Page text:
How did you decide to become an actor and director? 

I'm pretty typical in the theatre world. My story starts with seeing my first Broadway musical in middle school—it was "Wicked," and it left a huge impression on me. From there, I was all in. I attended theatre camps, started performing in high school, and was involved in every show possible. I even co-president of the theatre club. Theatre consumed my summers too.

After high school, I jumped straight into the theatre program at Texas A&M Corpus Christi, majoring in acting and directing. After graduating, I became a theatre teacher for a while before deciding to pursue my Master's degree in Commerce. Come August, I'll be finishing up that degree and then diving straight into a Masters of Fine Arts at the University of Idaho. It's been a journey, but I've loved every moment of it.

Fantastic, congratulations! If you could choose a favorite project, what would that be?

I love what my stage manager always says—that her favorite project is the one she's working on at the moment. It might sound like a bit of a cop-out, but it's true. It's hard to pick just one favorite when you're immersed in the creative process.

My background is definitely in controversial and introspective work, where I aim to challenge the audience and make them think. Working on this project was challenging. We put the show up in just a month, and it flew by. It's tough to pause and reflect on the moment when you're in the thick of it, but it's important.

This project holds a special place in my heart—it's my first time directing at this level. I've directed high school shows before, but this was different. I got to collaborate with an amazing team of talented individuals, from the set and lighting designers to my incredible stage manager. It truly took a village to bring this production to life, and I couldn't be prouder of the result.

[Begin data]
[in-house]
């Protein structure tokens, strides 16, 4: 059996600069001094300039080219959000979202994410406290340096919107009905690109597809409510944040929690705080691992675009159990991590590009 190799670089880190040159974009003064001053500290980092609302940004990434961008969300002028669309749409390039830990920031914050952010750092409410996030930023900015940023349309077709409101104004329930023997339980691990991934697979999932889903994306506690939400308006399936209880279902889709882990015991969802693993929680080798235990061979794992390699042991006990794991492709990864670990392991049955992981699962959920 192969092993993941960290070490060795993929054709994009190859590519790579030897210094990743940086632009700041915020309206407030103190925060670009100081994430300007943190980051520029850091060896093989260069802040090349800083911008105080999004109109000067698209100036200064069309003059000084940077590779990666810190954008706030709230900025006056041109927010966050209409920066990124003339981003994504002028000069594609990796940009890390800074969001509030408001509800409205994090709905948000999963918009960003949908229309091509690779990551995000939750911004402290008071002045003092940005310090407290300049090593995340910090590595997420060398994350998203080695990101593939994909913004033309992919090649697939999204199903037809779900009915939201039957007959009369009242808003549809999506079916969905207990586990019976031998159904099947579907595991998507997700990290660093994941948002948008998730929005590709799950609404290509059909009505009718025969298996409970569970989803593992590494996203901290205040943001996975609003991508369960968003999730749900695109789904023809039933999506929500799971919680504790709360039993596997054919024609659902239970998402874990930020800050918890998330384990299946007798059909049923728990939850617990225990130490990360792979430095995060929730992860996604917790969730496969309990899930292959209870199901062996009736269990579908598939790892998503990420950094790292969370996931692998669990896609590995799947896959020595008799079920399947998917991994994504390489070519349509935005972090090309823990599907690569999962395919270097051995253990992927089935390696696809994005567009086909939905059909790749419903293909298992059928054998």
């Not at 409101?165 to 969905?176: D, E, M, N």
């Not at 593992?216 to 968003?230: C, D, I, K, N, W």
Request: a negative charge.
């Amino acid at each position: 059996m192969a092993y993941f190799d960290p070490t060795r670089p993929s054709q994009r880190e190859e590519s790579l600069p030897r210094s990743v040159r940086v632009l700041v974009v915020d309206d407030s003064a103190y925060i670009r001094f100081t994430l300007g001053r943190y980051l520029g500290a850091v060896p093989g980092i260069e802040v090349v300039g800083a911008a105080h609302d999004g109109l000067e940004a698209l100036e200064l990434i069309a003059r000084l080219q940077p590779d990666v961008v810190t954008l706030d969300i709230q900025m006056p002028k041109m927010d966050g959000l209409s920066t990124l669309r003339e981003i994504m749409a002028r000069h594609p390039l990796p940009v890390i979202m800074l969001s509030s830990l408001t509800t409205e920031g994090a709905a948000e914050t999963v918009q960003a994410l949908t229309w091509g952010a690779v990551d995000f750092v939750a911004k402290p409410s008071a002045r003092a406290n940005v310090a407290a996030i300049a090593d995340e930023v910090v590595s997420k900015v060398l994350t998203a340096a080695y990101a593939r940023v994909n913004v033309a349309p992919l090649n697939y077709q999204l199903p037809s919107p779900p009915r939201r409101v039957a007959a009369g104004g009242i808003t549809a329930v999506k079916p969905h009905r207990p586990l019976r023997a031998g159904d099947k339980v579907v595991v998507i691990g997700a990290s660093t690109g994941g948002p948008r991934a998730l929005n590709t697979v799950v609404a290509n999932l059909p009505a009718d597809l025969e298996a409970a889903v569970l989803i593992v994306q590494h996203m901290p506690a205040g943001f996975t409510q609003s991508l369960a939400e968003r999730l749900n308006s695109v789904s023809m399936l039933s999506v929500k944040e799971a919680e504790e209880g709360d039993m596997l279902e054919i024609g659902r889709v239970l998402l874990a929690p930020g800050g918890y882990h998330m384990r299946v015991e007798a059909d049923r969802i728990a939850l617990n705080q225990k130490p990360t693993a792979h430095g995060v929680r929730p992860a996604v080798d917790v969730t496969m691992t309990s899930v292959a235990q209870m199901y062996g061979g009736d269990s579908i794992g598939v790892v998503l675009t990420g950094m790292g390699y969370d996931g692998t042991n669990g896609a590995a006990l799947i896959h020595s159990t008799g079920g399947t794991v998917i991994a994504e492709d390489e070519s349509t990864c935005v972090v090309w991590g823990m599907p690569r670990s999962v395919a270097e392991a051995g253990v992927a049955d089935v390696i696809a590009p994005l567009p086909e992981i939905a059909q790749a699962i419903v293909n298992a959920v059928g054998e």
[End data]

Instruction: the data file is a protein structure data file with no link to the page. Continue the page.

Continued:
What is next for Morgan?

I'm planning to dip back into acting for a bit. It's a bit easier to land acting gigs compared to securing directing opportunities, especially if you're not already attached to a Theatre. But I'm also continuing my education—I'll be wrapping up my MFA in about two years. My goal is to keep teaching Theatre to young people across America and hopefully inspire them to love it as much as I do. We need more kind, caring people out there, whatever path they choose.

In the meantime, I'll be doing some more acting gigs in the area and hopefully lining up another directing project down the line.

Interview: Morgan Urbanovsky of DOUBT: A PARABLE at Georgetown Palace
Cast (and undestudies) of Doubt: A Parable
Georgetown Palace
PC: Georgetown Palace

Click here to read our Review of Georgetown Palace’s Doubt: A Parable.


Written by John Patrick Shanley

Directed by Morgan Urbanovsky

Georgetown Palace, Playhouse Stage

810 South Austin Avenue 

Georgetown, TX 78626

Now playing through June 2nd, 2024

Fridays and Saturdays at 7:30pm

Sundays at 2:00pm